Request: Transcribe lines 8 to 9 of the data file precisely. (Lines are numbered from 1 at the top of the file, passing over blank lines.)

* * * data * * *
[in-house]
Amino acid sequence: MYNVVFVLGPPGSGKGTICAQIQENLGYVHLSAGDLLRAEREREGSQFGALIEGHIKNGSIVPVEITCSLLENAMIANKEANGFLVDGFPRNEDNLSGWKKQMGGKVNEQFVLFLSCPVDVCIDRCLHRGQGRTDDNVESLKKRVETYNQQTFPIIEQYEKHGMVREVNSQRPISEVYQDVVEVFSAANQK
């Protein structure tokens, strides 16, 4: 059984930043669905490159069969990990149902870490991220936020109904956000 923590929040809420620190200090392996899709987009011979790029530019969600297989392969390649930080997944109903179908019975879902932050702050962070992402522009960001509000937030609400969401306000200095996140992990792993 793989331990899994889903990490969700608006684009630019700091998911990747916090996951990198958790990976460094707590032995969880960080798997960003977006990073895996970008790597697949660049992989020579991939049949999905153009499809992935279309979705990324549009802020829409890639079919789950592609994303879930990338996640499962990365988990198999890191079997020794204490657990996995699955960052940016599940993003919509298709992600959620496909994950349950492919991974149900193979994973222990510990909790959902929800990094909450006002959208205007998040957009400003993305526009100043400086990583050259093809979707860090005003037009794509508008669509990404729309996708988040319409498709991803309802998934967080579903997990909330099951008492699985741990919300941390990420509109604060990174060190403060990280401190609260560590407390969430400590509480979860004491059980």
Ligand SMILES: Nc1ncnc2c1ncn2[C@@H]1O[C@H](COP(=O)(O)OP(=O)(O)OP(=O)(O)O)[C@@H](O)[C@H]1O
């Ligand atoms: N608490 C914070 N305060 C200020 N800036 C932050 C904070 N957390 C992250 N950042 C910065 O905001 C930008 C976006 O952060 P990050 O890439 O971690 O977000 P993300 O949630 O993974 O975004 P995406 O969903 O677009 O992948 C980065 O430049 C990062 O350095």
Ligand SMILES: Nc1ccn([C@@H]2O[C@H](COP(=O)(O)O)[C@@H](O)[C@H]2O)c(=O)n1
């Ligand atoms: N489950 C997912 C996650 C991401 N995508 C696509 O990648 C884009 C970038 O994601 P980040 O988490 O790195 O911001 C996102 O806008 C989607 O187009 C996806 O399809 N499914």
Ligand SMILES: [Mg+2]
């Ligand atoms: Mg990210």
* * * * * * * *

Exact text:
Ligand SMILES: [Mg+2]
């Ligand atoms: Mg990210």